Our taxi pulls up in a narrow, dimly lit street next to a decrepit concrete building covered in graffiti – our destination. We step out onto the urine-streaked road and take in our surroundings: a quiet alley, people lurking in the shadows of the flickering streetlight and us standing there waiting to be relieved of our cameras and wallets.
Stooping through a low doorway into the tejo hall and stepping carefully over an old vomit stain, we make our way to the bar, which consists of an old man standing behind a counter, on top of which sits cartons of Aguadiente, a clear liquor that tastes like sambuca mixed with vodka and nail varnish remover. The old guy gives me a big toothy grin as I fight off the excited advances of a drunk man behind me. It would seem tourists are not a usual sight here.
“Do you have bottled water?” I ask the bar man.
“Si,” he says, as he hands me a beer with a proud flourish. I shrug, give him a big smile and hand over the equivalent of 50p. He gives us a rock each and we make our way to our allocated lane.
Dodging concrete rocks flying through the air and causing inquisitive stares, we cross the room to reach our lane. We take in the curious scene that surrounds us. We’re in a bright, noisy, concrete room, filled with beer-swigging, potbellied Colombian men in baggy jeans and stained polo shirts. The wives sit on garden chairs and watch the men with disinterest. Plastic sheets constitute walls, yellow-painted bamboo beams support the roof, a bottle-cap mosaic covers the floor and a tongue-in-cheek sign depicting a man peeing and having his testicles cut off with scissors is nailed to a wooden post.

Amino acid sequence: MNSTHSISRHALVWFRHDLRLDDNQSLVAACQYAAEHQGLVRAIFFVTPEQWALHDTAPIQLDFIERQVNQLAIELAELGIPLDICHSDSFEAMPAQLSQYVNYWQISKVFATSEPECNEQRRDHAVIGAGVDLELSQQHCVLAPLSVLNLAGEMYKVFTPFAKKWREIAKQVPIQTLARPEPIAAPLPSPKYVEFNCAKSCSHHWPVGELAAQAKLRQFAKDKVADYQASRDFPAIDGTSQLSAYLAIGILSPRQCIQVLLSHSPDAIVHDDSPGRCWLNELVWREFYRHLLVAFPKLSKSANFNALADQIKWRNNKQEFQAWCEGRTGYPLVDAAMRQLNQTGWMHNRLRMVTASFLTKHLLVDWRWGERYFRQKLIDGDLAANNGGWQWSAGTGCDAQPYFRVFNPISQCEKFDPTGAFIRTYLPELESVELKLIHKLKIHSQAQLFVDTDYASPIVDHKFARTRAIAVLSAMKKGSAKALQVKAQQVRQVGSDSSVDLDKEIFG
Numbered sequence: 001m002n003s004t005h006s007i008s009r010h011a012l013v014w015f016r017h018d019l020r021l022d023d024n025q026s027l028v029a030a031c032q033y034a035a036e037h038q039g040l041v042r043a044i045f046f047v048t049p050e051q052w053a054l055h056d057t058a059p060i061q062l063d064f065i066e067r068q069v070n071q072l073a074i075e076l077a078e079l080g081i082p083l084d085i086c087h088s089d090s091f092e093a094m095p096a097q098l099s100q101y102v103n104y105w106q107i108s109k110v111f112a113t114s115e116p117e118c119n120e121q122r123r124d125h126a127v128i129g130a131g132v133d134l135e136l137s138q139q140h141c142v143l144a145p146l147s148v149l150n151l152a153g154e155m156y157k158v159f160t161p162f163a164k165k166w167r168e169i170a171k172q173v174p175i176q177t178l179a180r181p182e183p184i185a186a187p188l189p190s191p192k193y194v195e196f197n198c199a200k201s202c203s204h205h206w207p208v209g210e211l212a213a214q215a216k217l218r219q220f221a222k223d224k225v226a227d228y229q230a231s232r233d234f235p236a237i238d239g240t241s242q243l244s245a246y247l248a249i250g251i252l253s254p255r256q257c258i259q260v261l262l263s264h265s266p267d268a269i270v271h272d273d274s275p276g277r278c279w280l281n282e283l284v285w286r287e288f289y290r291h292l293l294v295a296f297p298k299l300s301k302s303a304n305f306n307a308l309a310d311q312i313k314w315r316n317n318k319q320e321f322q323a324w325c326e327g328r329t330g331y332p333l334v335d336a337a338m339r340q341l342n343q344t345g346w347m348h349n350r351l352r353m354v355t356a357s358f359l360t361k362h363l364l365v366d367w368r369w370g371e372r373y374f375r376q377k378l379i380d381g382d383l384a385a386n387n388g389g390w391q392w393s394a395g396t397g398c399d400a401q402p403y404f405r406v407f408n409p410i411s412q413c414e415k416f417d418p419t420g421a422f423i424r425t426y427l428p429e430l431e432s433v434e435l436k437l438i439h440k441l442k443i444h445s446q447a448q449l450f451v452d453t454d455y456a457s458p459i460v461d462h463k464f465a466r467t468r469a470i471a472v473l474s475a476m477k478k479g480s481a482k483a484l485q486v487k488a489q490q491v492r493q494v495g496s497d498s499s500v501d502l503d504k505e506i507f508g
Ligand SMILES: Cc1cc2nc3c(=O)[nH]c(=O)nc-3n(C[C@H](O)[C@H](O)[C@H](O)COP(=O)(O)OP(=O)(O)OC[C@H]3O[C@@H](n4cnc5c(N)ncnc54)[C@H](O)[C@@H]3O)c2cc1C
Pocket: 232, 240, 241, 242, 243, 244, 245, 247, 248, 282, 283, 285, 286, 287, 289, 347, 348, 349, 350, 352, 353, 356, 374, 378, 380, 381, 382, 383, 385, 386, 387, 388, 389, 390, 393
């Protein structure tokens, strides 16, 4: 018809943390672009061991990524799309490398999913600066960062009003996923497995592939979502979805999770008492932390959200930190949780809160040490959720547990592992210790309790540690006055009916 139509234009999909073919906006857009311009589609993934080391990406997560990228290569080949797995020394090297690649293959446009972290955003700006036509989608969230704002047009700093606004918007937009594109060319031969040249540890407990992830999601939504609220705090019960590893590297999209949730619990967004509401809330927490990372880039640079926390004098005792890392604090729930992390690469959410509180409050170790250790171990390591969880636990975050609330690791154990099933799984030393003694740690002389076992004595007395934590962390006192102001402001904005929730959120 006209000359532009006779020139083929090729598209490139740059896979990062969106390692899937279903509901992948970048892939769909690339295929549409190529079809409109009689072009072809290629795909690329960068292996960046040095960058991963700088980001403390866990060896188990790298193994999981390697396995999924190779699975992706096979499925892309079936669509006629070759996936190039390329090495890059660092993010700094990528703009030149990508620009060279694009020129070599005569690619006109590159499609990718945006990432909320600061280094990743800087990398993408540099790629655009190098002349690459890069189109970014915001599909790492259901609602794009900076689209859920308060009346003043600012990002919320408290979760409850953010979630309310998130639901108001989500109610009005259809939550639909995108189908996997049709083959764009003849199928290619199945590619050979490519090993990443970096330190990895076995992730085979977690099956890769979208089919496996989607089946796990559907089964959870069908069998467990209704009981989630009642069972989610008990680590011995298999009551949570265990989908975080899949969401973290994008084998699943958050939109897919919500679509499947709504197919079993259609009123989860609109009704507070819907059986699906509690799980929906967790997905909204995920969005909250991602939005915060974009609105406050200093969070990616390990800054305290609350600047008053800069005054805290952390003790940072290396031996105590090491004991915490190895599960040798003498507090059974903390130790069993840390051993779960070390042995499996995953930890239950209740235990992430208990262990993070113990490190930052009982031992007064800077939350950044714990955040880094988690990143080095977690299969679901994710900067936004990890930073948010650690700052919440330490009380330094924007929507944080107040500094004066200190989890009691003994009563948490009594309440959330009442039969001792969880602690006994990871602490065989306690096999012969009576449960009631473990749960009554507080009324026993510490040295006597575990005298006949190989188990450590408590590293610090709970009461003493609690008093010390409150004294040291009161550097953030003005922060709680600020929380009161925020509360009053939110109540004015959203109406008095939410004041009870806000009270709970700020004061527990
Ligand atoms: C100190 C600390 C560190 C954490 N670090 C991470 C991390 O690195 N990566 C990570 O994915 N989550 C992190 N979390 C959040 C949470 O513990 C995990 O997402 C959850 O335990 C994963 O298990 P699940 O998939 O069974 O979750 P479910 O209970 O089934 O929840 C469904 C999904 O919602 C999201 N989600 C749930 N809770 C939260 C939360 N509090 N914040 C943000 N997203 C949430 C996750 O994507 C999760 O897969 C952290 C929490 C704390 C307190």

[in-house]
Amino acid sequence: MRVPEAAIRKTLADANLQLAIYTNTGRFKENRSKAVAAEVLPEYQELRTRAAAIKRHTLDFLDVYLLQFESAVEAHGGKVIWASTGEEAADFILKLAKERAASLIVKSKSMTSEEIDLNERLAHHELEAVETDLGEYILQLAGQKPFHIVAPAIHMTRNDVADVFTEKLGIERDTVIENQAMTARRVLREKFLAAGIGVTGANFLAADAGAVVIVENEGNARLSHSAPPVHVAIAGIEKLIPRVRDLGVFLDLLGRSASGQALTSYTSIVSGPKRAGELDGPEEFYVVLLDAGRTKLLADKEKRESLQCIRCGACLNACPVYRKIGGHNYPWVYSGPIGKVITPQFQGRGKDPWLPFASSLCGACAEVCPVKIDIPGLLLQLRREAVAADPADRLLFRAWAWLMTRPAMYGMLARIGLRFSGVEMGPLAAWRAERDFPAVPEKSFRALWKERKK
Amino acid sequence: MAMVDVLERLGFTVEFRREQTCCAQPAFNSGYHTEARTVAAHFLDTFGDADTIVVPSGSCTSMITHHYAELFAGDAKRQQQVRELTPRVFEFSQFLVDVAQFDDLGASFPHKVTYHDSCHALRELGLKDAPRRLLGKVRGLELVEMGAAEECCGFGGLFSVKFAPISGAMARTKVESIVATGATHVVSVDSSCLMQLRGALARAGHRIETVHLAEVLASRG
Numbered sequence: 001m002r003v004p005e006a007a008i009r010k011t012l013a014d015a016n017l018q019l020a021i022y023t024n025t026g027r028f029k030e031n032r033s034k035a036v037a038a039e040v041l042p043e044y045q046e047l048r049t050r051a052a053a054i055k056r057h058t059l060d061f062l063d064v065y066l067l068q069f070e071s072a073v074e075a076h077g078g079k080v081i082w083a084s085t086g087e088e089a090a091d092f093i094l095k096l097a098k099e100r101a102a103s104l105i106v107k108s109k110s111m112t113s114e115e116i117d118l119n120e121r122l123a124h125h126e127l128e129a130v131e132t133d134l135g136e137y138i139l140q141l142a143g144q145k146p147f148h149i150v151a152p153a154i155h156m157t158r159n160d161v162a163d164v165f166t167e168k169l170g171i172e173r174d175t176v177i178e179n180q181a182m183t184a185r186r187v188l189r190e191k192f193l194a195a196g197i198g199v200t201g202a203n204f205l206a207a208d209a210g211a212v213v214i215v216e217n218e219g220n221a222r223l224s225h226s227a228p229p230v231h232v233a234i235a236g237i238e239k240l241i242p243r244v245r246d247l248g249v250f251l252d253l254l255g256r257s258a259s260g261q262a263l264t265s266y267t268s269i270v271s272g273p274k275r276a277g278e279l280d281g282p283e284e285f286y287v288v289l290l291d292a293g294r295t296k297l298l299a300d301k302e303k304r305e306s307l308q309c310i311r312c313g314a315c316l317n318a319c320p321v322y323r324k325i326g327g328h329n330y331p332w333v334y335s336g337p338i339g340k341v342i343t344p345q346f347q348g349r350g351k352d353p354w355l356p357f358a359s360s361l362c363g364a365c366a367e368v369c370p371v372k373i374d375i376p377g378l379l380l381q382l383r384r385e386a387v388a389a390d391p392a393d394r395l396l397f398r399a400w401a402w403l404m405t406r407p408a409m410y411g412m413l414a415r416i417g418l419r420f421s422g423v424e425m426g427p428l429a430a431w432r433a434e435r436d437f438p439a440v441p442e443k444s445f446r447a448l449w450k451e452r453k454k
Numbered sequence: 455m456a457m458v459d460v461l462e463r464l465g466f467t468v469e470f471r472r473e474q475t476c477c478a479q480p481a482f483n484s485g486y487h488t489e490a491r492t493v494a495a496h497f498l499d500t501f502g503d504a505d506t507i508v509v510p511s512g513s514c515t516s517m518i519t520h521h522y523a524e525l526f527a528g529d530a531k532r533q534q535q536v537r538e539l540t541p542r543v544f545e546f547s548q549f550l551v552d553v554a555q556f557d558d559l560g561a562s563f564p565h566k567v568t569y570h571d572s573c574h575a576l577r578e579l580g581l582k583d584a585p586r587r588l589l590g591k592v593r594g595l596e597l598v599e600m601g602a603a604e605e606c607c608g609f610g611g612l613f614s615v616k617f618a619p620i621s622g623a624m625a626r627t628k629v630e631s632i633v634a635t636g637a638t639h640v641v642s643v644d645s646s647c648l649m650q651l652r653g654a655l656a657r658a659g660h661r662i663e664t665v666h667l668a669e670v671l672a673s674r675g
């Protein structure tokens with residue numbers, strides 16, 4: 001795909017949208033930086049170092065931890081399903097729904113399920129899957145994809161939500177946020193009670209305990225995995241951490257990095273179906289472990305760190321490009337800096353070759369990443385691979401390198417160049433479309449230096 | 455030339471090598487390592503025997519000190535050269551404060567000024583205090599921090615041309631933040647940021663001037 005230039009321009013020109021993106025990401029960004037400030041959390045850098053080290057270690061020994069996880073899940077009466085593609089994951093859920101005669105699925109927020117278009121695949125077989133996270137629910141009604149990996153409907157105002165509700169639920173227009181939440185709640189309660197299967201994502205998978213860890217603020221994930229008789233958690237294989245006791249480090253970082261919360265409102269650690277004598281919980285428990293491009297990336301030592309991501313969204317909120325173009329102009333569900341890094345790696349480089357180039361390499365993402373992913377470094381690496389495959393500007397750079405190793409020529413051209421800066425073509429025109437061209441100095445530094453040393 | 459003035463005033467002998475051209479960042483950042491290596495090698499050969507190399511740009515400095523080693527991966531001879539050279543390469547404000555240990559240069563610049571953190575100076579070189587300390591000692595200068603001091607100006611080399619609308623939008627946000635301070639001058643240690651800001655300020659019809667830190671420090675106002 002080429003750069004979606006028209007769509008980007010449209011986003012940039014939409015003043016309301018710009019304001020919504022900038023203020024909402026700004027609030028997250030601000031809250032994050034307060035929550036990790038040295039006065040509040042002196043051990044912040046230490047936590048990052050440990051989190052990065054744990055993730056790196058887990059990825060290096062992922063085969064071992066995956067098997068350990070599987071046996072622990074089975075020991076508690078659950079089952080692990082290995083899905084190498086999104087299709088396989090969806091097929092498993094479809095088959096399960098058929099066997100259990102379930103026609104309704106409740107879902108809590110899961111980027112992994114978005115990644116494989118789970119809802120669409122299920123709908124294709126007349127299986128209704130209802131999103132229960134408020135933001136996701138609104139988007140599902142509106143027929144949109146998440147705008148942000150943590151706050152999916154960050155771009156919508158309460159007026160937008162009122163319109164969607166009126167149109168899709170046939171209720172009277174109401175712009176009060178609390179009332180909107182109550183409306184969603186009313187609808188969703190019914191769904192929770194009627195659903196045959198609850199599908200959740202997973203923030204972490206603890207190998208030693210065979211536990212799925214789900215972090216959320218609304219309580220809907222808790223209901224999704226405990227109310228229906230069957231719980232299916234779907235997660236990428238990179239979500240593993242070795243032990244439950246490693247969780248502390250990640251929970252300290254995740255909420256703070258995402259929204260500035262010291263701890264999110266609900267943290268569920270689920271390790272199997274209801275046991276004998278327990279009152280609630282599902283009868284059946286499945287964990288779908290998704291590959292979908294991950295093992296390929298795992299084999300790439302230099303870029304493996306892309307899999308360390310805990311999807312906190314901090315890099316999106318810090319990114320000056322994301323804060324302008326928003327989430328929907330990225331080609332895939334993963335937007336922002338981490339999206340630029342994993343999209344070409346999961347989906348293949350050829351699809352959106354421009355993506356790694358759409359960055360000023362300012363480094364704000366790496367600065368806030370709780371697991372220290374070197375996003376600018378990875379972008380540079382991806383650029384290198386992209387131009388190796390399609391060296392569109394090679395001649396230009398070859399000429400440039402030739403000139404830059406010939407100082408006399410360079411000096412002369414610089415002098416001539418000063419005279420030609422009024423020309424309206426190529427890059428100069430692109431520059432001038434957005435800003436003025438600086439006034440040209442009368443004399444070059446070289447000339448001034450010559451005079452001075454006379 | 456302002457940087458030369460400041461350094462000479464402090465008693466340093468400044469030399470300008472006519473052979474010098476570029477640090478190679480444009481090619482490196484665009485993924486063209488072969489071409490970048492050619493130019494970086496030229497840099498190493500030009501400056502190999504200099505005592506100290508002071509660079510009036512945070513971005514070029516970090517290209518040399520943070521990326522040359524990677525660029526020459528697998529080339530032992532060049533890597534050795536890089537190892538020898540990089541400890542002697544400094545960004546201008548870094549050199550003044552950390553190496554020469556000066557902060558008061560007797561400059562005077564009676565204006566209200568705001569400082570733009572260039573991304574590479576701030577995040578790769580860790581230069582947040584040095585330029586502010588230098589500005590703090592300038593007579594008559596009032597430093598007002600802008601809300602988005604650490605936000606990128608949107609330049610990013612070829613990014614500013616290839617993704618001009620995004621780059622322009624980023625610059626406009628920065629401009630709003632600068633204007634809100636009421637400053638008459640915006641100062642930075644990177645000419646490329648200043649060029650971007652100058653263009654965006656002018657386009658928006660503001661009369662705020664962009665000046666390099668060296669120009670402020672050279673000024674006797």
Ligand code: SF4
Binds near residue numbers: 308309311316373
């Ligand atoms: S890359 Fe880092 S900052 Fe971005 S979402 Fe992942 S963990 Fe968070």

The hall resembles a bowling alley, and the idea is to toss rocks down your lane, aiming for sandpits punctuated with packets of gunpowder. When you land a hit the gunpowder cracks as loud as a firework and a flame shoots up in the air, then disappears in a puff of smoke. A delicious bonfire night
smell fills the room.
I step up to the line. I roll the smooth, heavy rock in my hand, lining up my shot. My first throw hits the sand with a disappointing thump. A regular spots my pathetic attempt. He takes my hand and wraps my fingers around the rock. He mimes how to throw it and points at the sandpit in my lane, 20m away from me. I release the rock with full force. It flies into the neighbouring lane, landing with a crack on the concrete floor, having narrowly missed a kid retrieving rocks from his sandpit. The room goes quiet and all heads turn towards me. I hold my breath. Thankfully, as is the Colombian way, my almost deadly throw is taken with good humour and the men collectively take a swig of their beers and go back to their games.
A few more attempts and several beers later, my aim is getting unsurprisingly worse. Closing time is rapidly approaching and I’d like to say I go out with a bang, but the only sound was that of our taxi backfiring as we sped away.